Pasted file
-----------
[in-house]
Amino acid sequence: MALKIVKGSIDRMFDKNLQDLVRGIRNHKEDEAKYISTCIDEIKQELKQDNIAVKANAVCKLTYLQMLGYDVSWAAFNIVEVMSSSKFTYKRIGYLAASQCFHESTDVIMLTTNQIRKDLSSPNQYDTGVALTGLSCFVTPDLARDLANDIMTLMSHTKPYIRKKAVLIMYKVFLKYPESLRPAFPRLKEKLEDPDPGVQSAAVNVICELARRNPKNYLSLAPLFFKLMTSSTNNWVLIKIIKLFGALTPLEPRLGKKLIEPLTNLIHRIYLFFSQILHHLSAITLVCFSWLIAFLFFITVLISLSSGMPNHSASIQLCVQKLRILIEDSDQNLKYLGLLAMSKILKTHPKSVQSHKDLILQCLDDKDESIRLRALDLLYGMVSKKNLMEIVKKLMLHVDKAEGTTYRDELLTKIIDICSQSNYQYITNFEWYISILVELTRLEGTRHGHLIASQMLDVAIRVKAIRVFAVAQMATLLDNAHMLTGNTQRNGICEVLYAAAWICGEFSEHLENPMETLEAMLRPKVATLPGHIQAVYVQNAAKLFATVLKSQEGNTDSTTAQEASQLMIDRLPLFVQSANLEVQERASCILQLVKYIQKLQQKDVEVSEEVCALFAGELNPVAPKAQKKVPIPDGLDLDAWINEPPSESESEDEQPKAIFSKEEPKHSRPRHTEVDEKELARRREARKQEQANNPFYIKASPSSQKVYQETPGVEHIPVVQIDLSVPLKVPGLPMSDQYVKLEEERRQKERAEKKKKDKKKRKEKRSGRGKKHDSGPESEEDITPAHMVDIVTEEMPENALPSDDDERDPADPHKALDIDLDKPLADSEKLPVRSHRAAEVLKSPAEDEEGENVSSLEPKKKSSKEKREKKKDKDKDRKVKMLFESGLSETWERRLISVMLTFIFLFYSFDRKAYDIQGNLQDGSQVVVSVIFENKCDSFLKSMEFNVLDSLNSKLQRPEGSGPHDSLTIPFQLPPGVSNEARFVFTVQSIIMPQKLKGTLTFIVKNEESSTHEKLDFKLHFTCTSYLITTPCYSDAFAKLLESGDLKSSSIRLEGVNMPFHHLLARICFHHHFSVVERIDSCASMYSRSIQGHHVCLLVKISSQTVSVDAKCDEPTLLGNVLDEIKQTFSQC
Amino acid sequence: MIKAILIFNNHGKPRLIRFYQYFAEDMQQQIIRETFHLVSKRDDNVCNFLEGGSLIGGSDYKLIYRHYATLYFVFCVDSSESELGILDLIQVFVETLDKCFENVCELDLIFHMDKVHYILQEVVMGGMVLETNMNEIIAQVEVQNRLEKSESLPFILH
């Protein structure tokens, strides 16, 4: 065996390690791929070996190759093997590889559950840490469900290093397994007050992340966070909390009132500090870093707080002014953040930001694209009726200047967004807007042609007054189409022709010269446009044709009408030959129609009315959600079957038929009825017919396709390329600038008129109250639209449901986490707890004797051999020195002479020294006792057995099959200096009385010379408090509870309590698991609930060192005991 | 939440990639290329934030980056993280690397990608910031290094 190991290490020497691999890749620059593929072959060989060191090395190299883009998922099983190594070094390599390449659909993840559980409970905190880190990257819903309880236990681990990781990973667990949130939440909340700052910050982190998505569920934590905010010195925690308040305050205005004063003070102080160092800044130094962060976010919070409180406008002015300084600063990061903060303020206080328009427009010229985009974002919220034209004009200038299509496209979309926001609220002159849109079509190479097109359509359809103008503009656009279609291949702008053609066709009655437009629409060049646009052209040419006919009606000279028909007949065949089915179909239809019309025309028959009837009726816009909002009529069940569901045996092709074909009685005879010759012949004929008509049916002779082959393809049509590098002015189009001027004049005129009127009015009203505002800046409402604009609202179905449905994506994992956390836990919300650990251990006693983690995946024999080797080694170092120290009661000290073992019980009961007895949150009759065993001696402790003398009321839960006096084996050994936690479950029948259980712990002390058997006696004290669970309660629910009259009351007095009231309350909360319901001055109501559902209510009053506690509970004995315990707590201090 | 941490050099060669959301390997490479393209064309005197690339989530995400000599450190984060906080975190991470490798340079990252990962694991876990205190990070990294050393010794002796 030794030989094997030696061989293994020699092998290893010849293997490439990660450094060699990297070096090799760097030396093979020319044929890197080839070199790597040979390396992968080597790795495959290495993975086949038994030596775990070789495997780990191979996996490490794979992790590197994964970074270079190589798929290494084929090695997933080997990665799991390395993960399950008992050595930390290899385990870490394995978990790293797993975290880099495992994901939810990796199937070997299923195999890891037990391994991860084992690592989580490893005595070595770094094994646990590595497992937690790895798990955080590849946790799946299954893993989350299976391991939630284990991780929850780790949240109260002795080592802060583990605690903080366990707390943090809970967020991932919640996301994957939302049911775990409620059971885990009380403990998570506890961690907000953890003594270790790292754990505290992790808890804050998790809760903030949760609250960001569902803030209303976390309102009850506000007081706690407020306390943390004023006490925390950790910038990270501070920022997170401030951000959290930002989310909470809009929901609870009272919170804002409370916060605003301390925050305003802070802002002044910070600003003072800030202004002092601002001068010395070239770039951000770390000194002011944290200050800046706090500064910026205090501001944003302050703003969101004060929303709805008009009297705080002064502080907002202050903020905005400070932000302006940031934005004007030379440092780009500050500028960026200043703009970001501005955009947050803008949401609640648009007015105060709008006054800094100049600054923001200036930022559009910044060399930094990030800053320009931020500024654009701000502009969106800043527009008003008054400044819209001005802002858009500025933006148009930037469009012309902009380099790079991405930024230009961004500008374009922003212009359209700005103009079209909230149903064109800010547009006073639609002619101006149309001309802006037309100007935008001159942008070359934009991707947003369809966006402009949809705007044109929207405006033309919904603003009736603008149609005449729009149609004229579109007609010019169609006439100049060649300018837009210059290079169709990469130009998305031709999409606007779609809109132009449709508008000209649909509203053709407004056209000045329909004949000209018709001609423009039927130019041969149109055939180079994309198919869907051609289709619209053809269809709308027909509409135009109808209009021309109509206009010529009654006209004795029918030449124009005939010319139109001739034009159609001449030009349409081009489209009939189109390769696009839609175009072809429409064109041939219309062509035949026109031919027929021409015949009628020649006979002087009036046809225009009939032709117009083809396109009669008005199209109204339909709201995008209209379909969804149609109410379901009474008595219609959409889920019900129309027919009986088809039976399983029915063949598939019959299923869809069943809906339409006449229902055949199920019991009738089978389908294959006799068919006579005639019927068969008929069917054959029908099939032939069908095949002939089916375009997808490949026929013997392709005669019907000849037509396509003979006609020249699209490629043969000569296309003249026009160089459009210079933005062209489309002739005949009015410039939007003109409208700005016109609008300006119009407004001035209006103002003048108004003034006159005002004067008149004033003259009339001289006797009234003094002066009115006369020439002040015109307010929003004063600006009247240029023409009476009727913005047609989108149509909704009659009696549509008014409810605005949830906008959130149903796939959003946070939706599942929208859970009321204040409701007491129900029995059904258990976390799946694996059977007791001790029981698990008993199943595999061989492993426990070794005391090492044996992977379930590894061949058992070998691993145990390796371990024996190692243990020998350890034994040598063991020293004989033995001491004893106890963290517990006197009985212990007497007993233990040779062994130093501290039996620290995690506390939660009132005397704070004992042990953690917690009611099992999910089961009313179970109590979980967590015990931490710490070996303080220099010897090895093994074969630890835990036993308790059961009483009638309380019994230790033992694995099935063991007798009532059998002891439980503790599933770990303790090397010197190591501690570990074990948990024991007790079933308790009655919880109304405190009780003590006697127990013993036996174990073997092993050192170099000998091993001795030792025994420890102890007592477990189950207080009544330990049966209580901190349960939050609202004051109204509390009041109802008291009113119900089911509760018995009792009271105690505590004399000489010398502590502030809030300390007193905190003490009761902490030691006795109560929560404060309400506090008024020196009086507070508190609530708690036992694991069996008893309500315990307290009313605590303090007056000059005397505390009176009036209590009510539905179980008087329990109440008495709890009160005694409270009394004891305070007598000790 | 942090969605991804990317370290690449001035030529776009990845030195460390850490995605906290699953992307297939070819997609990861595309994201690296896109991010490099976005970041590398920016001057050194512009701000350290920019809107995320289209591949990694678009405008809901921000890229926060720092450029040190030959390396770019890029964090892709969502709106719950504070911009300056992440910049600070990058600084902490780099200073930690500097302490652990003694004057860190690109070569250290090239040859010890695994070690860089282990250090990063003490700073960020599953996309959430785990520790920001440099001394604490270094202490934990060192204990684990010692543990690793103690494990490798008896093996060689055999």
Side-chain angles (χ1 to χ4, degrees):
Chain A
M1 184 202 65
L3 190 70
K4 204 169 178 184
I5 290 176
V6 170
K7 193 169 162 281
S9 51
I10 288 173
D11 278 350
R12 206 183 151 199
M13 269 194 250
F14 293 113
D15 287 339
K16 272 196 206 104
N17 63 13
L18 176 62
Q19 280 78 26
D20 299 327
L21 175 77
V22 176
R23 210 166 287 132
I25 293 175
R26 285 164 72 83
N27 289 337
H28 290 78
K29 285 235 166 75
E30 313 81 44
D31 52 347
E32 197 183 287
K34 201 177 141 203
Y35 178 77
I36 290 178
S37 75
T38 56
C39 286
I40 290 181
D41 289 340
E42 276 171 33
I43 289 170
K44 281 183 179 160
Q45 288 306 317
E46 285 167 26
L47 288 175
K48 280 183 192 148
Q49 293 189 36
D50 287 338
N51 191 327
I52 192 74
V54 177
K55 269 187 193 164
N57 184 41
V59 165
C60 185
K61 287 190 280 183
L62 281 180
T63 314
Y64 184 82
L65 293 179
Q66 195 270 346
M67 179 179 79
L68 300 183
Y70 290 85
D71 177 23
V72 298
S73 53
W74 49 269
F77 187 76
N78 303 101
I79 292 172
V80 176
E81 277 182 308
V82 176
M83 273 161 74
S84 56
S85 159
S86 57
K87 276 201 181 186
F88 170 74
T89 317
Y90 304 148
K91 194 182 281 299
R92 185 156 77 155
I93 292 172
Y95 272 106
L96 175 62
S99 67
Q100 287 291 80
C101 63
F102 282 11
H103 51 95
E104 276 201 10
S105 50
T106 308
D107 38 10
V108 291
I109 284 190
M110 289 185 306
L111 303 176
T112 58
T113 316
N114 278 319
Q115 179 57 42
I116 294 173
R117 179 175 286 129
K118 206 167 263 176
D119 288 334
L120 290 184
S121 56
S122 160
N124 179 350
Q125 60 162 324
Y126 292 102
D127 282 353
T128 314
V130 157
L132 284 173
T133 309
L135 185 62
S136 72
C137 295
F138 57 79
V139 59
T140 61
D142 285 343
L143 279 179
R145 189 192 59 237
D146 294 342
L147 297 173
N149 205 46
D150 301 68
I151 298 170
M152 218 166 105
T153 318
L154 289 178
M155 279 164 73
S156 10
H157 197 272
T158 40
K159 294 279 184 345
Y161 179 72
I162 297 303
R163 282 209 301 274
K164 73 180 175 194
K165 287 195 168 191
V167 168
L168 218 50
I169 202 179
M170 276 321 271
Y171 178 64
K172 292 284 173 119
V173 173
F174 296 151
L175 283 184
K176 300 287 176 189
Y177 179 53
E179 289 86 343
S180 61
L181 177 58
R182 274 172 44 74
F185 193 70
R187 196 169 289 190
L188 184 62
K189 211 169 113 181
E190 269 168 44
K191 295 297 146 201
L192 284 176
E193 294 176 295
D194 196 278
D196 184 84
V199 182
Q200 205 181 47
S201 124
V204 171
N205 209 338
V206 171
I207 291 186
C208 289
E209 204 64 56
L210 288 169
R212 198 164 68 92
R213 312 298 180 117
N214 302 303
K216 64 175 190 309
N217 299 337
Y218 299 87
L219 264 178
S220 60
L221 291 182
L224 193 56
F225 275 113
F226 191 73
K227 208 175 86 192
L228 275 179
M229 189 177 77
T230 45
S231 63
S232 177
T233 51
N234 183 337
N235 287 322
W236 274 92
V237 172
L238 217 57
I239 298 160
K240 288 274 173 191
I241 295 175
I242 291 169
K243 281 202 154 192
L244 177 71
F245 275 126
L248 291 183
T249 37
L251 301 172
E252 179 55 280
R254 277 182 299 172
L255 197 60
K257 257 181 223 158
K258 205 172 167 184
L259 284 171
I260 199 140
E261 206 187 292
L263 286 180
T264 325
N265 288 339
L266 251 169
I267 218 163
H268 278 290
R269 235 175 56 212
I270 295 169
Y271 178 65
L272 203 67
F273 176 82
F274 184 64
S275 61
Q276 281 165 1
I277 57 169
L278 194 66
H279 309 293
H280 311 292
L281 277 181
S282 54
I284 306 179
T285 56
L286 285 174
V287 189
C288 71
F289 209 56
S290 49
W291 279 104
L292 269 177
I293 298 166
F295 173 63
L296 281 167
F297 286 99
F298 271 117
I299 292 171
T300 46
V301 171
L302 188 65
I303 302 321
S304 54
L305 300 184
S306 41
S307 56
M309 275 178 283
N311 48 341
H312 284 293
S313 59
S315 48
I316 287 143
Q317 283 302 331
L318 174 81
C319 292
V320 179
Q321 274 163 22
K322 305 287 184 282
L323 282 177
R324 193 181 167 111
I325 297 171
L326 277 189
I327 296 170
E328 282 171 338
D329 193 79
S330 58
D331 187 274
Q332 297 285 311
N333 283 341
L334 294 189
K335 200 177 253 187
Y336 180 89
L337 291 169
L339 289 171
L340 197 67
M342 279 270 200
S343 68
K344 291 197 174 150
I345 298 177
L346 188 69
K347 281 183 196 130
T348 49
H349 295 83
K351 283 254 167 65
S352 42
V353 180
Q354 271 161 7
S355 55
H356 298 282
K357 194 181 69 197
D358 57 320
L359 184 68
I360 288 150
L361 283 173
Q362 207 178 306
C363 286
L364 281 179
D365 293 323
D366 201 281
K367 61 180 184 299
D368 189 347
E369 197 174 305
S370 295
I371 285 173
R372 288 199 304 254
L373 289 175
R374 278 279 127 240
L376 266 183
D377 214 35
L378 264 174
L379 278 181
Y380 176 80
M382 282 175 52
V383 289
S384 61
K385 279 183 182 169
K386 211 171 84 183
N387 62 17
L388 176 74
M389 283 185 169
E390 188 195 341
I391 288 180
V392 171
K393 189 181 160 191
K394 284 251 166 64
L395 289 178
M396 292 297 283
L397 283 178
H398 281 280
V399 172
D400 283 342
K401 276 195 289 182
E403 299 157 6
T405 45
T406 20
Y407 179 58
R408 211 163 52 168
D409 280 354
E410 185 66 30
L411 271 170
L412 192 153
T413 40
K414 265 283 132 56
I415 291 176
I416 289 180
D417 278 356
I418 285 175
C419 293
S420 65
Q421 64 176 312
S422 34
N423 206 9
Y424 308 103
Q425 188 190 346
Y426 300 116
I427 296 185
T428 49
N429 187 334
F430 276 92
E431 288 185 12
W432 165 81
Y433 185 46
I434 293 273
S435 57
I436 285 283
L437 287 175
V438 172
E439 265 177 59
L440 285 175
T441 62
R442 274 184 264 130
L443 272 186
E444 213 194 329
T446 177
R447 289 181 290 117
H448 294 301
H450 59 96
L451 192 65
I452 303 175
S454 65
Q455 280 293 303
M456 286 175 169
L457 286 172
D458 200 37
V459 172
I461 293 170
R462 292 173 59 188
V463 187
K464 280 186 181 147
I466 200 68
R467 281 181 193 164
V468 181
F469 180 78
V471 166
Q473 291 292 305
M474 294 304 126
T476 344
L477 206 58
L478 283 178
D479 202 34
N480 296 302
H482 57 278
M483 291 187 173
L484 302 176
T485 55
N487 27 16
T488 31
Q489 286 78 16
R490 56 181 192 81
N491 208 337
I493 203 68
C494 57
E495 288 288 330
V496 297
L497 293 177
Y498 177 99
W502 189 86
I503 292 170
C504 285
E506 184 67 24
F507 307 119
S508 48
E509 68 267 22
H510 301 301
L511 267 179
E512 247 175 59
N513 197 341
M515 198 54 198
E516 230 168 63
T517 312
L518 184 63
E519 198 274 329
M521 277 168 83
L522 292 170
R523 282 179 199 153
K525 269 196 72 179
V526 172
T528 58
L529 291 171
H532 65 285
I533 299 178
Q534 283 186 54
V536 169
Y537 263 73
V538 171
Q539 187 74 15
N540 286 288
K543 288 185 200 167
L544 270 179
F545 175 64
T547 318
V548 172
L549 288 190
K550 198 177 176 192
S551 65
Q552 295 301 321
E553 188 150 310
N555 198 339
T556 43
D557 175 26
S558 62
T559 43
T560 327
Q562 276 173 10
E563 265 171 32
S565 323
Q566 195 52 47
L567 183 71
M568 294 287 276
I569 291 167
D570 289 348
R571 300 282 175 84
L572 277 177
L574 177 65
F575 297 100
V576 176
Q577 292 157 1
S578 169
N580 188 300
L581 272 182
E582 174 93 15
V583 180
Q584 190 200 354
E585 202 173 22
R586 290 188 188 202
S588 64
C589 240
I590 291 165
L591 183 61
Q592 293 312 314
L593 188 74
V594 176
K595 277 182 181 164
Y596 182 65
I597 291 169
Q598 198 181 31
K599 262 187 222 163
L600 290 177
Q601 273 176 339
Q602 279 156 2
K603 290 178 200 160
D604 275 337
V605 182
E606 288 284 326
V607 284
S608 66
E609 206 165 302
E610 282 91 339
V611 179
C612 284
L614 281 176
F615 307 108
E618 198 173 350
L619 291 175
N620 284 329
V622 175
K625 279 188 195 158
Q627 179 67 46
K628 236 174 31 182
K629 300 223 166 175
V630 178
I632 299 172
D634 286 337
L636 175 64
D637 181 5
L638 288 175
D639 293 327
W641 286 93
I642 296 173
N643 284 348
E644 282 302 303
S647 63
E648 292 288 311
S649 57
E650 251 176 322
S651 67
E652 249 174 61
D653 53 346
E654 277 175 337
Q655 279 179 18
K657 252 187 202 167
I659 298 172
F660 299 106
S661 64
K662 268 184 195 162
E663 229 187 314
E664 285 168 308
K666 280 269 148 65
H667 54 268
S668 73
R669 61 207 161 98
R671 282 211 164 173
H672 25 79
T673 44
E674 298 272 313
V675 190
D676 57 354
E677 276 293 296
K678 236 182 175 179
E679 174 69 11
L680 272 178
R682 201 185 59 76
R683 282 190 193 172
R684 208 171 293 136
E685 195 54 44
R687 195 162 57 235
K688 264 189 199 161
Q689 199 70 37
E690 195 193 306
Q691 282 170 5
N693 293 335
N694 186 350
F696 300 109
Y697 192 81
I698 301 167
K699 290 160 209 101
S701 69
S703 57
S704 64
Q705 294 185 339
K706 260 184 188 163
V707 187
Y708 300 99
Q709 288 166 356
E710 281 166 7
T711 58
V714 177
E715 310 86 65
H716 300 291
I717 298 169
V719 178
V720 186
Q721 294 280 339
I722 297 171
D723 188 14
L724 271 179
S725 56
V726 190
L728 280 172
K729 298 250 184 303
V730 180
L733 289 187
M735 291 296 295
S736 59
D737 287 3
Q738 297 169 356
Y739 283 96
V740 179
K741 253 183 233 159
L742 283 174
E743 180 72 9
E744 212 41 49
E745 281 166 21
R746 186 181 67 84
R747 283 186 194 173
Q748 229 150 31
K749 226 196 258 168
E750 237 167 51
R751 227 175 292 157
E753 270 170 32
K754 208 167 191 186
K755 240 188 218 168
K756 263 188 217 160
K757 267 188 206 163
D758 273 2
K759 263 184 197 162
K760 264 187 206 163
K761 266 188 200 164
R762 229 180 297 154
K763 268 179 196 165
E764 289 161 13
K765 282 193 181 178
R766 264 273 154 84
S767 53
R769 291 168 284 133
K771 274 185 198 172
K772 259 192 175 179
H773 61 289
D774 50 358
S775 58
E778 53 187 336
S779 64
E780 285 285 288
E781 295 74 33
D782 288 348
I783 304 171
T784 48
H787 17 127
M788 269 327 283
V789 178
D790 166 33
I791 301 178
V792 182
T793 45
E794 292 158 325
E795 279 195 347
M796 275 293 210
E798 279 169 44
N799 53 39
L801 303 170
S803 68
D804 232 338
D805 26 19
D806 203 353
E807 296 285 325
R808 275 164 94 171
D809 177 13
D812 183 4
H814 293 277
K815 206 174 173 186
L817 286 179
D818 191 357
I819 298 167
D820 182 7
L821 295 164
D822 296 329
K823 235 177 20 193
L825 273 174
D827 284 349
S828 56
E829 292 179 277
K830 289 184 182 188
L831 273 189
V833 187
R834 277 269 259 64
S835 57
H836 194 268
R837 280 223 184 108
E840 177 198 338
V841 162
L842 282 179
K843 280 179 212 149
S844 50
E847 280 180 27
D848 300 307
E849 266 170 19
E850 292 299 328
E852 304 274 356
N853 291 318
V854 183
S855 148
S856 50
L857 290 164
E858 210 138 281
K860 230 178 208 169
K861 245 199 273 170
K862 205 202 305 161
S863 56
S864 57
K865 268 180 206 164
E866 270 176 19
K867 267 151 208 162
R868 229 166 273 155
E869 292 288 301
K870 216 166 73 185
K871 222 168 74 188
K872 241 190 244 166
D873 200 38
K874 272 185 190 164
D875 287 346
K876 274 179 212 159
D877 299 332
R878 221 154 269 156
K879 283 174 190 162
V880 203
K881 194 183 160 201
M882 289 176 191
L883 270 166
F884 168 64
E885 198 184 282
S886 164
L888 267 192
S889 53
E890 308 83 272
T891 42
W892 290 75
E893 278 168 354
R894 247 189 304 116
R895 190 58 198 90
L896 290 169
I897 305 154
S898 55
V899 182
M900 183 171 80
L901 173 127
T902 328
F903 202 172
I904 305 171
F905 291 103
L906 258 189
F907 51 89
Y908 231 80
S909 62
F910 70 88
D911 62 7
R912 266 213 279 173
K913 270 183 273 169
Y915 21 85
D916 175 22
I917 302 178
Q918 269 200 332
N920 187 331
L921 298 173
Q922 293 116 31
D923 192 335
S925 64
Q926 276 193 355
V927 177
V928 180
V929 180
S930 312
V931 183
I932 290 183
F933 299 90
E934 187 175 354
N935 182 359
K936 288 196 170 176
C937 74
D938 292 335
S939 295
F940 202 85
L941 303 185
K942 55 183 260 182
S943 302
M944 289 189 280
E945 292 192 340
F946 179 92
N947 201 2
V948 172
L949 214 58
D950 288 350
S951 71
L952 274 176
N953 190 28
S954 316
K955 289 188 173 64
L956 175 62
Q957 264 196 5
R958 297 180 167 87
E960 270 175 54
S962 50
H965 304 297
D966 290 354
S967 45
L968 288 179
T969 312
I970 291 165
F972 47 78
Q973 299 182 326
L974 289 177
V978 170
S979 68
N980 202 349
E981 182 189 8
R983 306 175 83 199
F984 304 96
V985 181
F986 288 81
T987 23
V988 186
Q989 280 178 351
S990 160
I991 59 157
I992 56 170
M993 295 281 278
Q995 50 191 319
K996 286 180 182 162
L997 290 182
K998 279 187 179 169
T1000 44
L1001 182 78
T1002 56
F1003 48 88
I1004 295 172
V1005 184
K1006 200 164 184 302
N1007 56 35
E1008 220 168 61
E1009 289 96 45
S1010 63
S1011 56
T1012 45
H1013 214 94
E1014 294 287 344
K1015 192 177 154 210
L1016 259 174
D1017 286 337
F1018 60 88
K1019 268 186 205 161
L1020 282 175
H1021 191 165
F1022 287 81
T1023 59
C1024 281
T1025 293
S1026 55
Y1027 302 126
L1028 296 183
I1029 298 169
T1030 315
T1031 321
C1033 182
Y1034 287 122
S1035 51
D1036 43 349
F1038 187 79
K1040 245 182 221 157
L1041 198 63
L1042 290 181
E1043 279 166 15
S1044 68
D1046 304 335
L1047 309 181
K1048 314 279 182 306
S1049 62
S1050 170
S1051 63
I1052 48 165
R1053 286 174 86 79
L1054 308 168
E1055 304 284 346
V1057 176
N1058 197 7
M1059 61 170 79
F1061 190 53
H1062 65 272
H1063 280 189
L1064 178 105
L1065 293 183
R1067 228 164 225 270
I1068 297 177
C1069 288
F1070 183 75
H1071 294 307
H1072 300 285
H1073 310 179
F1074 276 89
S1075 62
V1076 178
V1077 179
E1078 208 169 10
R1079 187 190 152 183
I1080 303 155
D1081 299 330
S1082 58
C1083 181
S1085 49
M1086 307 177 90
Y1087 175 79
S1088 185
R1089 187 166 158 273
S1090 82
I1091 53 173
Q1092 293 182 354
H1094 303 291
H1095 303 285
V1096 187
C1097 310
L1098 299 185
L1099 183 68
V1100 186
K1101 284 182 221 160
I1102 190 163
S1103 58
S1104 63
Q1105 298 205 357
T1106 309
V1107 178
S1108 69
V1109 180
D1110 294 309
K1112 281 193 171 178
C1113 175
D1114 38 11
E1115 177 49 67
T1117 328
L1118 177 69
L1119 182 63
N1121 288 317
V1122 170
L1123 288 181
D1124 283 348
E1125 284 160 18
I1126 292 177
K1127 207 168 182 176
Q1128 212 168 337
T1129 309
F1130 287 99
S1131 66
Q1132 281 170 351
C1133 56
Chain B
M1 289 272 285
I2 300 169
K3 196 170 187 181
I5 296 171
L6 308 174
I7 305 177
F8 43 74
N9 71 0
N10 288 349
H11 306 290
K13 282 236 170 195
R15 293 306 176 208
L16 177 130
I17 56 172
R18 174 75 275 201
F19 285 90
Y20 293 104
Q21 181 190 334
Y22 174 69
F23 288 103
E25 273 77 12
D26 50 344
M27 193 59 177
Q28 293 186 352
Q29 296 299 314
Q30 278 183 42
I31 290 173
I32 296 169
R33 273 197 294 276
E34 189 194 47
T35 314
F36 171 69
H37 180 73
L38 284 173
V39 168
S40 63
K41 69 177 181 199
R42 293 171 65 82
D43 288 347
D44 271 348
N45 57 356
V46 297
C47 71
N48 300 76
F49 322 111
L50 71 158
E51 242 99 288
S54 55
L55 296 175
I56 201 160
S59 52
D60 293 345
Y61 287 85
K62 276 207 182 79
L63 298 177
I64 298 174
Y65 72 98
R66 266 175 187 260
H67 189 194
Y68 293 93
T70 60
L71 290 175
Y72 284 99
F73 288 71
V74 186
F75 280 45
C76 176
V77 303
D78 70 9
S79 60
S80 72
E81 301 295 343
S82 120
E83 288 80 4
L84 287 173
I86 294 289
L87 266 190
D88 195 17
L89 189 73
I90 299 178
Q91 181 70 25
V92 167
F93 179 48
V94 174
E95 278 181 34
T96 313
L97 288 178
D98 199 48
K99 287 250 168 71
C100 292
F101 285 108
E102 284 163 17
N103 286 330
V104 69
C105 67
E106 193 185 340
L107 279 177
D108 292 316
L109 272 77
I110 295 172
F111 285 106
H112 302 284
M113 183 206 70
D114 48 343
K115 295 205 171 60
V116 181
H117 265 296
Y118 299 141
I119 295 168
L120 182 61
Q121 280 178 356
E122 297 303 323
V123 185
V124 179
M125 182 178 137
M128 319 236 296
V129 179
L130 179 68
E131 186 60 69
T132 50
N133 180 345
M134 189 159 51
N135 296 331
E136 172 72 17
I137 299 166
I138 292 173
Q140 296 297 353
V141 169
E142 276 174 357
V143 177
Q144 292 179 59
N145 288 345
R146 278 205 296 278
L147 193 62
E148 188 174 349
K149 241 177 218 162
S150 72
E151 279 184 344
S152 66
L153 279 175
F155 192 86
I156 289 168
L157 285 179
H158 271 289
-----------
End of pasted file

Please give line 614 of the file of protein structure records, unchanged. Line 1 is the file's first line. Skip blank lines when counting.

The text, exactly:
I717 298 169